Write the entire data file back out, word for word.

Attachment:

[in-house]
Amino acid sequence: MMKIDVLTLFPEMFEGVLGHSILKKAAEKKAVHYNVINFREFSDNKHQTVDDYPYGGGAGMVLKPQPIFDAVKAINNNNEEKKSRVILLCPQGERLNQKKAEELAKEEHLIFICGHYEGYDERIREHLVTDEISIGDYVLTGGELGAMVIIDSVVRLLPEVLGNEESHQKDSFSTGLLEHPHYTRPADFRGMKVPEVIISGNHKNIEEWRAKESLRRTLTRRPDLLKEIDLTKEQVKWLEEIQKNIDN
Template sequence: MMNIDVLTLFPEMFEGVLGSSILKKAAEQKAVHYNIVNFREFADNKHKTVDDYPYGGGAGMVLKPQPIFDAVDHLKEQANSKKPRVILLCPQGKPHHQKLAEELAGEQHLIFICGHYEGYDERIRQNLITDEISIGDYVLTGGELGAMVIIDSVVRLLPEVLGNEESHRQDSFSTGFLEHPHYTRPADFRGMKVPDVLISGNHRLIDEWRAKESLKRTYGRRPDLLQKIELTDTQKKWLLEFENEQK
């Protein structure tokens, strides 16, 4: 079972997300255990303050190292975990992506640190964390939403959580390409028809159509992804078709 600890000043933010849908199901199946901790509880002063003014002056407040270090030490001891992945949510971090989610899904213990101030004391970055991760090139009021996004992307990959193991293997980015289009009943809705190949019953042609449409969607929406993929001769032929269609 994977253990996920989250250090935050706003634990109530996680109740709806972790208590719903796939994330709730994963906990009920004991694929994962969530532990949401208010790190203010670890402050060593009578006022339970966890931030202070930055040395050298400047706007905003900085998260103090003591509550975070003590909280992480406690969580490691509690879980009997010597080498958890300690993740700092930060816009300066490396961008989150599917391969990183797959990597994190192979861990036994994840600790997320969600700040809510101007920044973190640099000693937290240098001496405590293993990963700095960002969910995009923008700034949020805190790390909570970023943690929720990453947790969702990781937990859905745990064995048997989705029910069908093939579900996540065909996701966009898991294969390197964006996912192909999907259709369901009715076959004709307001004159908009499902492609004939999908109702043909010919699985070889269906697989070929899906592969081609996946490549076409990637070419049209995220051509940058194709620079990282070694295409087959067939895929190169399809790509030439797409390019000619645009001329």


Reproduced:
[in-house]
Amino acid sequence: MMKIDVLTLFPEMFEGVLGHSILKKAAEKKAVHYNVINFREFSDNKHQTVDDYPYGGGAGMVLKPQPIFDAVKAINNNNEEKKSRVILLCPQGERLNQKKAEELAKEEHLIFICGHYEGYDERIREHLVTDEISIGDYVLTGGELGAMVIIDSVVRLLPEVLGNEESHQKDSFSTGLLEHPHYTRPADFRGMKVPEVIISGNHKNIEEWRAKESLRRTLTRRPDLLKEIDLTKEQVKWLEEIQKNIDN
Template sequence: MMNIDVLTLFPEMFEGVLGSSILKKAAEQKAVHYNIVNFREFADNKHKTVDDYPYGGGAGMVLKPQPIFDAVDHLKEQANSKKPRVILLCPQGKPHHQKLAEELAGEQHLIFICGHYEGYDERIRQNLITDEISIGDYVLTGGELGAMVIIDSVVRLLPEVLGNEESHRQDSFSTGFLEHPHYTRPADFRGMKVPDVLISGNHRLIDEWRAKESLKRTYGRRPDLLQKIELTDTQKKWLLEFENEQK
């Protein structure tokens, strides 16, 4: 079972997300255990303050190292975990992506640190964390939403959580390409028809159509992804078709 600890000043933010849908199901199946901790509880002063003014002056407040270090030490001891992945949510971090989610899904213990101030004391970055991760090139009021996004992307990959193991293997980015289009009943809705190949019953042609449409969607929406993929001769032929269609 994977253990996920989250250090935050706003634990109530996680109740709806972790208590719903796939994330709730994963906990009920004991694929994962969530532990949401208010790190203010670890402050060593009578006022339970966890931030202070930055040395050298400047706007905003900085998260103090003591509550975070003590909280992480406690969580490691509690879980009997010597080498958890300690993740700092930060816009300066490396961008989150599917391969990183797959990597994190192979861990036994994840600790997320969600700040809510101007920044973190640099000693937290240098001496405590293993990963700095960002969910995009923008700034949020805190790390909570970023943690929720990453947790969702990781937990859905745990064995048997989705029910069908093939579900996540065909996701966009898991294969390197964006996912192909999907259709369901009715076959004709307001004159908009499902492609004939999908109702043909010919699985070889269906697989070929899906592969081609996946490549076409990637070419049209995220051509940058194709620079990282070694295409087959067939895929190169399809790509030439797409390019000619645009001329």